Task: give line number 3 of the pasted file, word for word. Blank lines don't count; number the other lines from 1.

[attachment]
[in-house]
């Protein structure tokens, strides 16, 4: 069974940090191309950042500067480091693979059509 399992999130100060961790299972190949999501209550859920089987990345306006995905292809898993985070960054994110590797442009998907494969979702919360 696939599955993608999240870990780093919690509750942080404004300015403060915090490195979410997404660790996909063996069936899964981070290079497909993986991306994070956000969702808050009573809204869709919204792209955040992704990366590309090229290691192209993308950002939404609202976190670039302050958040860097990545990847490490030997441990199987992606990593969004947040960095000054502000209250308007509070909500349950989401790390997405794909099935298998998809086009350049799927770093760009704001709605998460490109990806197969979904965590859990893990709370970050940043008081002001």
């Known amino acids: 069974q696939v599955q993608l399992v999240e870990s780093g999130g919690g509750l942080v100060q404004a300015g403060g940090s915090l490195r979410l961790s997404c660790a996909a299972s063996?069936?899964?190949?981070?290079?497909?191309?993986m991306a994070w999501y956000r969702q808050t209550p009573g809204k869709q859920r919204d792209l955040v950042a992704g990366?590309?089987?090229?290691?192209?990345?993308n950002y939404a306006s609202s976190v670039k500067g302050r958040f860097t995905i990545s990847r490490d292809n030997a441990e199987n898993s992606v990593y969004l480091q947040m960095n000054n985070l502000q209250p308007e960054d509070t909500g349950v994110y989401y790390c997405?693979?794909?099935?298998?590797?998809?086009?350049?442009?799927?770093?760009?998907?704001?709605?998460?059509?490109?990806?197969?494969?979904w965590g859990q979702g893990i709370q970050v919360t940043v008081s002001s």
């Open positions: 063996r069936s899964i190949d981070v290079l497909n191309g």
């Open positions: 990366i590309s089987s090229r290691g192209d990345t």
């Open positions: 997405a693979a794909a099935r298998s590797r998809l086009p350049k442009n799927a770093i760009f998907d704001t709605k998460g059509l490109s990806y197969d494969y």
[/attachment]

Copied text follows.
């Known amino acids: 069974q696939v599955q993608l399992v999240e870990s780093g999130g919690g509750l942080v100060q404004a300015g403060g940090s915090l490195r979410l961790s997404c660790a996909a299972s063996?069936?899964?190949?981070?290079?497909?191309?993986m991306a994070w999501y956000r969702q808050t209550p009573g809204k869709q859920r919204d792209l955040v950042a992704g990366?590309?089987?090229?290691?192209?990345?993308n950002y939404a306006s609202s976190v670039k500067g302050r958040f860097t995905i990545s990847r490490d292809n030997a441990e199987n898993s992606v990593y969004l480091q947040m960095n000054n985070l502000q209250p308007e960054d509070t909500g349950v994110y989401y790390c997405?693979?794909?099935?298998?590797?998809?086009?350049?442009?799927?770093?760009?998907?704001?709605?998460?059509?490109?990806?197969?494969?979904w965590g859990q979702g893990i709370q970050v919360t940043v008081s002001s």